Headquartered in Los Angeles, Allen’s company has offices in New York, Chicago, Atlanta, and Charleston, S.C. Allen owns 36 Big Four —ABC-NBC-CBS-FOX— network affiliate broadcast television stations in 21 U.S. markets and a dozen 24-hour HD television networks serving nearly 220 million subscribers, according to the company. Its holdings include The Weather Channel and free streaming networks like The Grio and Sports.TV. Allen has invested more than $1 billion over the past two years to buy network affiliates across the nation, according to the Montgomery Advertiser.
Allen’s business dealings seek to counter what he has called the “trade imbalance” between white corporate America and Black America and do his part to make sure Black media get their fair share. Among his purchases is HBCU Go, a streaming app featuring content from and about historically Black colleges and universities, from the former BET marketing executive and now president of HBCU Go, Curtis Symonds, who has known Allen for decades.
Symonds said he approached Allen to invest in the struggling app. “I got into a conversation with Byron. I said, ‘I need someone to invest in me.’ He said, ‘I don’t invest. I buy. Put a proposal together.’”
Symonds said Allen saw his app as an opportunity to invest in HBCU college sports. “He really wants to push Black college sports.” The effort meant securing rights for the HBCU leagues.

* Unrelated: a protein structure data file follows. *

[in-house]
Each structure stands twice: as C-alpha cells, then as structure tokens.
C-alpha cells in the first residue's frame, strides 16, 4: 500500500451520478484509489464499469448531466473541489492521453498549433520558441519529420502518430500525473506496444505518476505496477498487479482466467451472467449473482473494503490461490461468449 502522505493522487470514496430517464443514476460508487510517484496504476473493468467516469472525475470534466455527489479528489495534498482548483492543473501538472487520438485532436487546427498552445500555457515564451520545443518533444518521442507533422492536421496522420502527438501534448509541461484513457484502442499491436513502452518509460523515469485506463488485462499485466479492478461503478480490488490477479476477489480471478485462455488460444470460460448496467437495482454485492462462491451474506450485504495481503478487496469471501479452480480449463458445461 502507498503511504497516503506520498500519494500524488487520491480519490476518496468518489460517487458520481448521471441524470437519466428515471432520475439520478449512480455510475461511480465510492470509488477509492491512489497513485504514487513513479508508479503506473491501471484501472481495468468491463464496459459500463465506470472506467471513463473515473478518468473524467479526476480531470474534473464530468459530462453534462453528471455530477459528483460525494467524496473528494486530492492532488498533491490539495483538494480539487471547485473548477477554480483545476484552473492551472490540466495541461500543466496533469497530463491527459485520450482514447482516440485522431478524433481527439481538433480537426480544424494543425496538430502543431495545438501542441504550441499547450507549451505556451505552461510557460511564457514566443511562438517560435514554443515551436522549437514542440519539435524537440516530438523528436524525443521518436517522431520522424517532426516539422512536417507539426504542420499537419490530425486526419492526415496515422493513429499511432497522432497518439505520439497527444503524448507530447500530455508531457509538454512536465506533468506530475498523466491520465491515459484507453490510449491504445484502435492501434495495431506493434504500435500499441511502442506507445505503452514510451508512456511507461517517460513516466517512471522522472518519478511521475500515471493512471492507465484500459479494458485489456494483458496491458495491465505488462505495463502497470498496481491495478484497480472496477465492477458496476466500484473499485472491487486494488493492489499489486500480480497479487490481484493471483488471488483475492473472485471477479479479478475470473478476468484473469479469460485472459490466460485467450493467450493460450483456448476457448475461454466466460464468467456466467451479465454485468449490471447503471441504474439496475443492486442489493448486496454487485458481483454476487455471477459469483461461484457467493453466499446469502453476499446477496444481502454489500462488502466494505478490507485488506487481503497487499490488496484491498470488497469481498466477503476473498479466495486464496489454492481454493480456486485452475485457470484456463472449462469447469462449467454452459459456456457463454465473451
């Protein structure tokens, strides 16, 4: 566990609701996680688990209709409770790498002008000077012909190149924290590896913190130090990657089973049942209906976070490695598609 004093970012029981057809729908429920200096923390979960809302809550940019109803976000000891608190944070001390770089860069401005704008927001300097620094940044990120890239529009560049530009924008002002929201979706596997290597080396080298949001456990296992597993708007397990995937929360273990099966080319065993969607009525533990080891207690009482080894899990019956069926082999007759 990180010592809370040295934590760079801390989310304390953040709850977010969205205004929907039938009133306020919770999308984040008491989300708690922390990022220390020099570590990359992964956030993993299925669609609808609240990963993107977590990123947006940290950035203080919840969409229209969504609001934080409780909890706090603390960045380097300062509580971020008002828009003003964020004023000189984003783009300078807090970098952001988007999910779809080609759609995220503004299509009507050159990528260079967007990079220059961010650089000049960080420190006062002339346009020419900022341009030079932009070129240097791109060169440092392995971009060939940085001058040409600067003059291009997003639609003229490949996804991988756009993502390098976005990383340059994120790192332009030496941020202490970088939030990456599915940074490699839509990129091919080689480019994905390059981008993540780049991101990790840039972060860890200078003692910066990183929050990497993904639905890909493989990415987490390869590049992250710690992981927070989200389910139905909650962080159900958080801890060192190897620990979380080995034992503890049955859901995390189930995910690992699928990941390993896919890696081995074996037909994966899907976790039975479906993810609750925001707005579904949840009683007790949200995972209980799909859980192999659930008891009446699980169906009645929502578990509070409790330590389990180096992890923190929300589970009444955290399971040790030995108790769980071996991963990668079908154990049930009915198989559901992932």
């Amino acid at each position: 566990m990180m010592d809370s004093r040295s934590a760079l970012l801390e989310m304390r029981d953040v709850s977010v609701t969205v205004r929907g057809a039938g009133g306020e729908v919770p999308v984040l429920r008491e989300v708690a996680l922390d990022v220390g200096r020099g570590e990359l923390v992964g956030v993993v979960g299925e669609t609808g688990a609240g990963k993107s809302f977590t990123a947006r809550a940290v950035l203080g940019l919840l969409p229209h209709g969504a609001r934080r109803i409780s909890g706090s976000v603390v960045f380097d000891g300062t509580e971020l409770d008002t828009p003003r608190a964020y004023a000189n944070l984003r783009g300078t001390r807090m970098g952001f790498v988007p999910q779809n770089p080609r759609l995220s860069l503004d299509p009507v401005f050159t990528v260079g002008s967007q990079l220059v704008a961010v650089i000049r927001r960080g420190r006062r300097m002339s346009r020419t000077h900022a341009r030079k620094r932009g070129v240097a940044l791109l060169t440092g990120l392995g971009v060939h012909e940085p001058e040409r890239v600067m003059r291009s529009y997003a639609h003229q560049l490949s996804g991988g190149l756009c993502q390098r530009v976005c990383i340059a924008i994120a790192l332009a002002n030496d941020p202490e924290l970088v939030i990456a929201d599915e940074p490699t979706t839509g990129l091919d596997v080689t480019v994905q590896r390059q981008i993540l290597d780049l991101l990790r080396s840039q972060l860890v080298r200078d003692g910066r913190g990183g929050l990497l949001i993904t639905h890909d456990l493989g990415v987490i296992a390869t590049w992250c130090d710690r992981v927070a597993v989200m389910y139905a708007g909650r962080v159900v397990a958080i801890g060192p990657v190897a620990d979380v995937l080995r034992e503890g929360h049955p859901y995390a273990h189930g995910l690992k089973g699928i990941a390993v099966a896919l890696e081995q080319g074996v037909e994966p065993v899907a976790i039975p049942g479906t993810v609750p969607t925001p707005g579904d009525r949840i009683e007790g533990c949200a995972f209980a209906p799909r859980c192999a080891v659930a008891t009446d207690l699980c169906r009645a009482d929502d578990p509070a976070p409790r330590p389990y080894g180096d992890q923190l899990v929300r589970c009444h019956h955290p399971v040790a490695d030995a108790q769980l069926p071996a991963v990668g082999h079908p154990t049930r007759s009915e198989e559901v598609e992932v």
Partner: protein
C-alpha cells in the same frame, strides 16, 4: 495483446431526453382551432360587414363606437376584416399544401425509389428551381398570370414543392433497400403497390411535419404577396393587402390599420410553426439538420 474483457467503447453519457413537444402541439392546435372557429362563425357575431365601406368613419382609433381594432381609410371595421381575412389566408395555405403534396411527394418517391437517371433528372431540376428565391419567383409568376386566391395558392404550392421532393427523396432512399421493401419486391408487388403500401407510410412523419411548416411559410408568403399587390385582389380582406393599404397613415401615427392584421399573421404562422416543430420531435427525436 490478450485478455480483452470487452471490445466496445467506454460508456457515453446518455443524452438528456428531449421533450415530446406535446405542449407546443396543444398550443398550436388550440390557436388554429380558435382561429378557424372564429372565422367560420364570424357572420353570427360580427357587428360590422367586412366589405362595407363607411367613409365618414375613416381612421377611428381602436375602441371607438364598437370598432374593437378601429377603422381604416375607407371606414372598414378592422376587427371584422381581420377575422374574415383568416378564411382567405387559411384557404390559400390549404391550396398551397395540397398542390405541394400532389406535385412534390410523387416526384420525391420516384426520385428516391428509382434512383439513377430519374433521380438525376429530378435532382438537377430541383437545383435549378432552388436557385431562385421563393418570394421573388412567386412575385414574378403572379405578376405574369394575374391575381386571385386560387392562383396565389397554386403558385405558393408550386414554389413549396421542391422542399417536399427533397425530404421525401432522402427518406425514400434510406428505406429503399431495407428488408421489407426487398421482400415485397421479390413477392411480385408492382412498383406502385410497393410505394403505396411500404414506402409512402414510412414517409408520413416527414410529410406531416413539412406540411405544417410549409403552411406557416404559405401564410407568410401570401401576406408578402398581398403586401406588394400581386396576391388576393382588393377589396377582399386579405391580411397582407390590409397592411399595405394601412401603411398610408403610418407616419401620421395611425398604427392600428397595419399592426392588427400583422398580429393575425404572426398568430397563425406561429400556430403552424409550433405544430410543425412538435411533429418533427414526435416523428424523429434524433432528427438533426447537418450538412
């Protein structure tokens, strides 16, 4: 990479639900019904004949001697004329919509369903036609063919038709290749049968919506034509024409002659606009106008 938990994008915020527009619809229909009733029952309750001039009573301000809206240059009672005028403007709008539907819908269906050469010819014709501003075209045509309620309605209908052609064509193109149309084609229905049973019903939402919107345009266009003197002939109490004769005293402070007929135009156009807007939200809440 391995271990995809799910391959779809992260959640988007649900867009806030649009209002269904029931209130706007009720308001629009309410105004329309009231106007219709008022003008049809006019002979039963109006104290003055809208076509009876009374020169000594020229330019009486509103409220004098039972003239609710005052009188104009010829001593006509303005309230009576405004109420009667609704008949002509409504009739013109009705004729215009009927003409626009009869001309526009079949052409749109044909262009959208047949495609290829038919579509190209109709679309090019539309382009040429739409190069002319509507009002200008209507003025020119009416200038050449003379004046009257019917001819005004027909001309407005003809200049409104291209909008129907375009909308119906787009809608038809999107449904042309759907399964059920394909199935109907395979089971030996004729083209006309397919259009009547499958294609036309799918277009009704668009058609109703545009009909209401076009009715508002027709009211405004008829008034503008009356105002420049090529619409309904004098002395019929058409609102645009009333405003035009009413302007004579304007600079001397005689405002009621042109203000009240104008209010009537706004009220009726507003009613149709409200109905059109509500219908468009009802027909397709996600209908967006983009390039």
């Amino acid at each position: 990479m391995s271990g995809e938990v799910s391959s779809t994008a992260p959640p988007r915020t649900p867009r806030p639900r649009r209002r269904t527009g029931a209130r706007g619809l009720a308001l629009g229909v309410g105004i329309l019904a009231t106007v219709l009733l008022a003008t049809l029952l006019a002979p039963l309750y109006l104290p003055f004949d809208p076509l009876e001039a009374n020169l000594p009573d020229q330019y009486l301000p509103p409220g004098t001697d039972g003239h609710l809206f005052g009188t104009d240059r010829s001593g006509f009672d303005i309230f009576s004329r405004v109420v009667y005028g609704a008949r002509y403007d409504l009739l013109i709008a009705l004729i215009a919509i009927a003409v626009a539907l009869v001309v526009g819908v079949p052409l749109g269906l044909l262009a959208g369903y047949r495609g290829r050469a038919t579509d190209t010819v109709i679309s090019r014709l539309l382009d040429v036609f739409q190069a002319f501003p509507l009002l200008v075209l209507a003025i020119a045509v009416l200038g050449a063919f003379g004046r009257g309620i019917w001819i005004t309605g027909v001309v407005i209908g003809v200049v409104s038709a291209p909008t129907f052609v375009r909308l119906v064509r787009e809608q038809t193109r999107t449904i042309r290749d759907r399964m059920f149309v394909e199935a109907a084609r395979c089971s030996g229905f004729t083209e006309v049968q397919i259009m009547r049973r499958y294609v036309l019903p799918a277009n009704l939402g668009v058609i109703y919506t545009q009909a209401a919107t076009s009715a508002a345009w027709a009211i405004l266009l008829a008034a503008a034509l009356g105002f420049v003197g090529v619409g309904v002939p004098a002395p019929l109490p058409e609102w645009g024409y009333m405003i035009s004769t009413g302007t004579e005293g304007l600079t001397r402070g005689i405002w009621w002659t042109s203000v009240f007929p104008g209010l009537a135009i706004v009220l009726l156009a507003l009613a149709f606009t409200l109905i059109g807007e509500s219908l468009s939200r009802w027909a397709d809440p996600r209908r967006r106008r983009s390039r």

Symonds said no one should underestimate the goal of Allen to help create and support practical Black media. Symonds said Allen wants to support all the different markets in Black community that he can.
‘Level the Playing Field’
The biggest push, according to Symonds, is Allen’s effort to get more advertising and sponsorship for Black media. Allen recently settled a $10 billion racial discrimination lawsuit against Charter Communications and a similar lawsuit against Comcast, which agreed to carry several of Allen’s channels. He reached an out-of-court settlement with AT&T. The suits alleged that decisions not to carry his channels were motivated by racism.